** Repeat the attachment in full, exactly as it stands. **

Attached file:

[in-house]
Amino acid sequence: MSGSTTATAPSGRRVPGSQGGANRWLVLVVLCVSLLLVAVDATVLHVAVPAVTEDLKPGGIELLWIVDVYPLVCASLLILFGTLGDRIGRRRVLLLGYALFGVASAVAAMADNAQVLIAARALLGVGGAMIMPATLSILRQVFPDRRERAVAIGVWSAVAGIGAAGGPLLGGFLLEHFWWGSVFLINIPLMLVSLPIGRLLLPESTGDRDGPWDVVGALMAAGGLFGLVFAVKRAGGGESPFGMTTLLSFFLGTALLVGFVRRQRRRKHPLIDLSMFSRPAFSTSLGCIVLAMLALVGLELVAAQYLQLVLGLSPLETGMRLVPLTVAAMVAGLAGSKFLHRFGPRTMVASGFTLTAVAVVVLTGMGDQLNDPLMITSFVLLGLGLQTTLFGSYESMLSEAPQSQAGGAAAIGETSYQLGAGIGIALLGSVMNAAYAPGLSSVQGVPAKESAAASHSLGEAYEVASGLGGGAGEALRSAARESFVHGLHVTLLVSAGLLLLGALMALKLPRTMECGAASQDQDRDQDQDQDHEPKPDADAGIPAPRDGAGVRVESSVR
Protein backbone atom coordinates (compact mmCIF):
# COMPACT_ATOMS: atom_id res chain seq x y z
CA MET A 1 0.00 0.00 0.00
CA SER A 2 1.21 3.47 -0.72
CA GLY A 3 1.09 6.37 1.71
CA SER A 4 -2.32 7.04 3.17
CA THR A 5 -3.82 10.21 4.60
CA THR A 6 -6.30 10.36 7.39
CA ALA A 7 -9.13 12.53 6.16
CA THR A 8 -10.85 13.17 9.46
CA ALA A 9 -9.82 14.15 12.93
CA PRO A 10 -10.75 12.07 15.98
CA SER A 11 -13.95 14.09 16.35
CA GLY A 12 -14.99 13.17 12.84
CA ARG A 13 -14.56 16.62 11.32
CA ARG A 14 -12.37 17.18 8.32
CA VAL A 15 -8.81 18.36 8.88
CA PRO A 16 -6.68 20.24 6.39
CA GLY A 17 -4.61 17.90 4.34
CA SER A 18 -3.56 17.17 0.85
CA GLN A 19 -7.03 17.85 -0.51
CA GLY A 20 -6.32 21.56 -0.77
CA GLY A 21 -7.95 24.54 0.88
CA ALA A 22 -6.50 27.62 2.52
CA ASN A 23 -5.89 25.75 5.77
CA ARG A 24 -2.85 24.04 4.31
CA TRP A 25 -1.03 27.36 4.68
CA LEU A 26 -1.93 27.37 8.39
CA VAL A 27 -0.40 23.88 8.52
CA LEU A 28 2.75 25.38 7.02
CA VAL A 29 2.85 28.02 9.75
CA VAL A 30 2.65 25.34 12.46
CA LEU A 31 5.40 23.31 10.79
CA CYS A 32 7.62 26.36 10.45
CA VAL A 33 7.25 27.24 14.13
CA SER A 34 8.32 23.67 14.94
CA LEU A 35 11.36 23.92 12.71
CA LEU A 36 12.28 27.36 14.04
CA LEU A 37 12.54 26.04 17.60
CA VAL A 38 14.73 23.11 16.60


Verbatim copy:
[in-house]
Amino acid sequence: MSGSTTATAPSGRRVPGSQGGANRWLVLVVLCVSLLLVAVDATVLHVAVPAVTEDLKPGGIELLWIVDVYPLVCASLLILFGTLGDRIGRRRVLLLGYALFGVASAVAAMADNAQVLIAARALLGVGGAMIMPATLSILRQVFPDRRERAVAIGVWSAVAGIGAAGGPLLGGFLLEHFWWGSVFLINIPLMLVSLPIGRLLLPESTGDRDGPWDVVGALMAAGGLFGLVFAVKRAGGGESPFGMTTLLSFFLGTALLVGFVRRQRRRKHPLIDLSMFSRPAFSTSLGCIVLAMLALVGLELVAAQYLQLVLGLSPLETGMRLVPLTVAAMVAGLAGSKFLHRFGPRTMVASGFTLTAVAVVVLTGMGDQLNDPLMITSFVLLGLGLQTTLFGSYESMLSEAPQSQAGGAAAIGETSYQLGAGIGIALLGSVMNAAYAPGLSSVQGVPAKESAAASHSLGEAYEVASGLGGGAGEALRSAARESFVHGLHVTLLVSAGLLLLGALMALKLPRTMECGAASQDQDRDQDQDQDHEPKPDADAGIPAPRDGAGVRVESSVR
Protein backbone atom coordinates (compact mmCIF):
# COMPACT_ATOMS: atom_id res chain seq x y z
CA MET A 1 0.00 0.00 0.00
CA SER A 2 1.21 3.47 -0.72
CA GLY A 3 1.09 6.37 1.71
CA SER A 4 -2.32 7.04 3.17
CA THR A 5 -3.82 10.21 4.60
CA THR A 6 -6.30 10.36 7.39
CA ALA A 7 -9.13 12.53 6.16
CA THR A 8 -10.85 13.17 9.46
CA ALA A 9 -9.82 14.15 12.93
CA PRO A 10 -10.75 12.07 15.98
CA SER A 11 -13.95 14.09 16.35
CA GLY A 12 -14.99 13.17 12.84
CA ARG A 13 -14.56 16.62 11.32
CA ARG A 14 -12.37 17.18 8.32
CA VAL A 15 -8.81 18.36 8.88
CA PRO A 16 -6.68 20.24 6.39
CA GLY A 17 -4.61 17.90 4.34
CA SER A 18 -3.56 17.17 0.85
CA GLN A 19 -7.03 17.85 -0.51
CA GLY A 20 -6.32 21.56 -0.77
CA GLY A 21 -7.95 24.54 0.88
CA ALA A 22 -6.50 27.62 2.52
CA ASN A 23 -5.89 25.75 5.77
CA ARG A 24 -2.85 24.04 4.31
CA TRP A 25 -1.03 27.36 4.68
CA LEU A 26 -1.93 27.37 8.39
CA VAL A 27 -0.40 23.88 8.52
CA LEU A 28 2.75 25.38 7.02
CA VAL A 29 2.85 28.02 9.75
CA VAL A 30 2.65 25.34 12.46
CA LEU A 31 5.40 23.31 10.79
CA CYS A 32 7.62 26.36 10.45
CA VAL A 33 7.25 27.24 14.13
CA SER A 34 8.32 23.67 14.94
CA LEU A 35 11.36 23.92 12.71
CA LEU A 36 12.28 27.36 14.04
CA LEU A 37 12.54 26.04 17.60
CA VAL A 38 14.73 23.11 16.60